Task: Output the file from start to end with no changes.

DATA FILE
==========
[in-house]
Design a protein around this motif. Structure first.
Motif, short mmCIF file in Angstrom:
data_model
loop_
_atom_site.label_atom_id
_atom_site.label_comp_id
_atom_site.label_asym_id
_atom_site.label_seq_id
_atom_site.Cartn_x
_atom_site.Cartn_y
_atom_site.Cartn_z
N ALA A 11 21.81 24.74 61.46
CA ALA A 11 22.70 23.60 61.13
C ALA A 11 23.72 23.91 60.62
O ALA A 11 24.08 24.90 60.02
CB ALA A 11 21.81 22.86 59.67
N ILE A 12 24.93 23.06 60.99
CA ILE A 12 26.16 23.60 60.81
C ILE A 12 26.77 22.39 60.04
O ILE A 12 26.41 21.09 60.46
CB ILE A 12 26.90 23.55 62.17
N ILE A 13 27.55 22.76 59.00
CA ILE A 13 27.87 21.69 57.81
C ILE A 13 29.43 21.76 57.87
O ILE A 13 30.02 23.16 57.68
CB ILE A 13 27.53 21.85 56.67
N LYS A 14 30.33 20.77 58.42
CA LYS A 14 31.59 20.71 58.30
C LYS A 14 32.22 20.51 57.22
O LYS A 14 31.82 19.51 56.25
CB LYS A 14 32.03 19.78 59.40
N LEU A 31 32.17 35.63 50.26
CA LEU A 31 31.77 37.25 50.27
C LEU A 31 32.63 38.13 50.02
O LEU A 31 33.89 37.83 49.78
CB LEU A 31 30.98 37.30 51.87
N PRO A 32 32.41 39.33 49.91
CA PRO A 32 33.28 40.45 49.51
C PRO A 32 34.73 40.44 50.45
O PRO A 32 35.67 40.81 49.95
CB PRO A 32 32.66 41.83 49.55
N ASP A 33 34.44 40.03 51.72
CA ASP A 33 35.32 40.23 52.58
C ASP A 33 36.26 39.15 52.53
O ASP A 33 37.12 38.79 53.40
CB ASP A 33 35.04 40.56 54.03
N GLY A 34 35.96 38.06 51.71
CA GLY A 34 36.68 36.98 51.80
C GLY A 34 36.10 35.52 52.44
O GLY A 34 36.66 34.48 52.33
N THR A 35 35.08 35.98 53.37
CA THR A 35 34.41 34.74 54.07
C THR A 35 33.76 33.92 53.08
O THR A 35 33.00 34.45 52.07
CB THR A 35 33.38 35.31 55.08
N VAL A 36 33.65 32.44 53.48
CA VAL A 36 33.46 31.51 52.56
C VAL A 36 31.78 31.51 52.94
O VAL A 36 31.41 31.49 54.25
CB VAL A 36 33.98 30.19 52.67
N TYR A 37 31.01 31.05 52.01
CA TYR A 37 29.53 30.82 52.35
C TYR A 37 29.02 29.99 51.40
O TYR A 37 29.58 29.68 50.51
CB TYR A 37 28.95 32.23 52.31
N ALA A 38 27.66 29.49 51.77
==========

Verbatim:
[in-house]
Design a protein around this motif. Structure first.
Motif, short mmCIF file in Angstrom:
data_model
loop_
_atom_site.label_atom_id
_atom_site.label_comp_id
_atom_site.label_asym_id
_atom_site.label_seq_id
_atom_site.Cartn_x
_atom_site.Cartn_y
_atom_site.Cartn_z
N ALA A 11 21.81 24.74 61.46
CA ALA A 11 22.70 23.60 61.13
C ALA A 11 23.72 23.91 60.62
O ALA A 11 24.08 24.90 60.02
CB ALA A 11 21.81 22.86 59.67
N ILE A 12 24.93 23.06 60.99
CA ILE A 12 26.16 23.60 60.81
C ILE A 12 26.77 22.39 60.04
O ILE A 12 26.41 21.09 60.46
CB ILE A 12 26.90 23.55 62.17
N ILE A 13 27.55 22.76 59.00
CA ILE A 13 27.87 21.69 57.81
C ILE A 13 29.43 21.76 57.87
O ILE A 13 30.02 23.16 57.68
CB ILE A 13 27.53 21.85 56.67
N LYS A 14 30.33 20.77 58.42
CA LYS A 14 31.59 20.71 58.30
C LYS A 14 32.22 20.51 57.22
O LYS A 14 31.82 19.51 56.25
CB LYS A 14 32.03 19.78 59.40
N LEU A 31 32.17 35.63 50.26
CA LEU A 31 31.77 37.25 50.27
C LEU A 31 32.63 38.13 50.02
O LEU A 31 33.89 37.83 49.78
CB LEU A 31 30.98 37.30 51.87
N PRO A 32 32.41 39.33 49.91
CA PRO A 32 33.28 40.45 49.51
C PRO A 32 34.73 40.44 50.45
O PRO A 32 35.67 40.81 49.95
CB PRO A 32 32.66 41.83 49.55
N ASP A 33 34.44 40.03 51.72
CA ASP A 33 35.32 40.23 52.58
C ASP A 33 36.26 39.15 52.53
O ASP A 33 37.12 38.79 53.40
CB ASP A 33 35.04 40.56 54.03
N GLY A 34 35.96 38.06 51.71
CA GLY A 34 36.68 36.98 51.80
C GLY A 34 36.10 35.52 52.44
O GLY A 34 36.66 34.48 52.33
N THR A 35 35.08 35.98 53.37
CA THR A 35 34.41 34.74 54.07
C THR A 35 33.76 33.92 53.08
O THR A 35 33.00 34.45 52.07
CB THR A 35 33.38 35.31 55.08
N VAL A 36 33.65 32.44 53.48
CA VAL A 36 33.46 31.51 52.56
C VAL A 36 31.78 31.51 52.94
O VAL A 36 31.41 31.49 54.25
CB VAL A 36 33.98 30.19 52.67
N TYR A 37 31.01 31.05 52.01
CA TYR A 37 29.53 30.82 52.35
C TYR A 37 29.02 29.99 51.40
O TYR A 37 29.58 29.68 50.51
CB TYR A 37 28.95 32.23 52.31
N ALA A 38 27.66 29.49 51.77